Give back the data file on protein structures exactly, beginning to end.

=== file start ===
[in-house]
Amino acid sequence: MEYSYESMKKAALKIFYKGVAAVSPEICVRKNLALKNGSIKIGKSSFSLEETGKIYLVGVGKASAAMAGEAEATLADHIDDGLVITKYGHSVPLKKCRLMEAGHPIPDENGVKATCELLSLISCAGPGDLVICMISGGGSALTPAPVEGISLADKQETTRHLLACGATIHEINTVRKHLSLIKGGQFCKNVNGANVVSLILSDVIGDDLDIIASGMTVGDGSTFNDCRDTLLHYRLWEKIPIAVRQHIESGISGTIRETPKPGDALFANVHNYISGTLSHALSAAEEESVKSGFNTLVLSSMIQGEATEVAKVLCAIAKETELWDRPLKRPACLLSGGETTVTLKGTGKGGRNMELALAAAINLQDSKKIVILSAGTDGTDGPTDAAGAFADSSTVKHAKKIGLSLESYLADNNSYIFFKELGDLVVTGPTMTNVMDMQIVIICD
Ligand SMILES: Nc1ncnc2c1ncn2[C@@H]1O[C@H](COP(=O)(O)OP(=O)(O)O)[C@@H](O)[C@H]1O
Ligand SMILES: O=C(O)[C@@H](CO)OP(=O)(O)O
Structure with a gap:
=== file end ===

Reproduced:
[in-house]
Amino acid sequence: MEYSYESMKKAALKIFYKGVAAVSPEICVRKNLALKNGSIKIGKSSFSLEETGKIYLVGVGKASAAMAGEAEATLADHIDDGLVITKYGHSVPLKKCRLMEAGHPIPDENGVKATCELLSLISCAGPGDLVICMISGGGSALTPAPVEGISLADKQETTRHLLACGATIHEINTVRKHLSLIKGGQFCKNVNGANVVSLILSDVIGDDLDIIASGMTVGDGSTFNDCRDTLLHYRLWEKIPIAVRQHIESGISGTIRETPKPGDALFANVHNYISGTLSHALSAAEEESVKSGFNTLVLSSMIQGEATEVAKVLCAIAKETELWDRPLKRPACLLSGGETTVTLKGTGKGGRNMELALAAAINLQDSKKIVILSAGTDGTDGPTDAAGAFADSSTVKHAKKIGLSLESYLADNNSYIFFKELGDLVVTGPTMTNVMDMQIVIICD
Ligand SMILES: Nc1ncnc2c1ncn2[C@@H]1O[C@H](COP(=O)(O)OP(=O)(O)O)[C@@H](O)[C@H]1O
Ligand SMILES: O=C(O)[C@@H](CO)OP(=O)(O)O
Structure with a gap: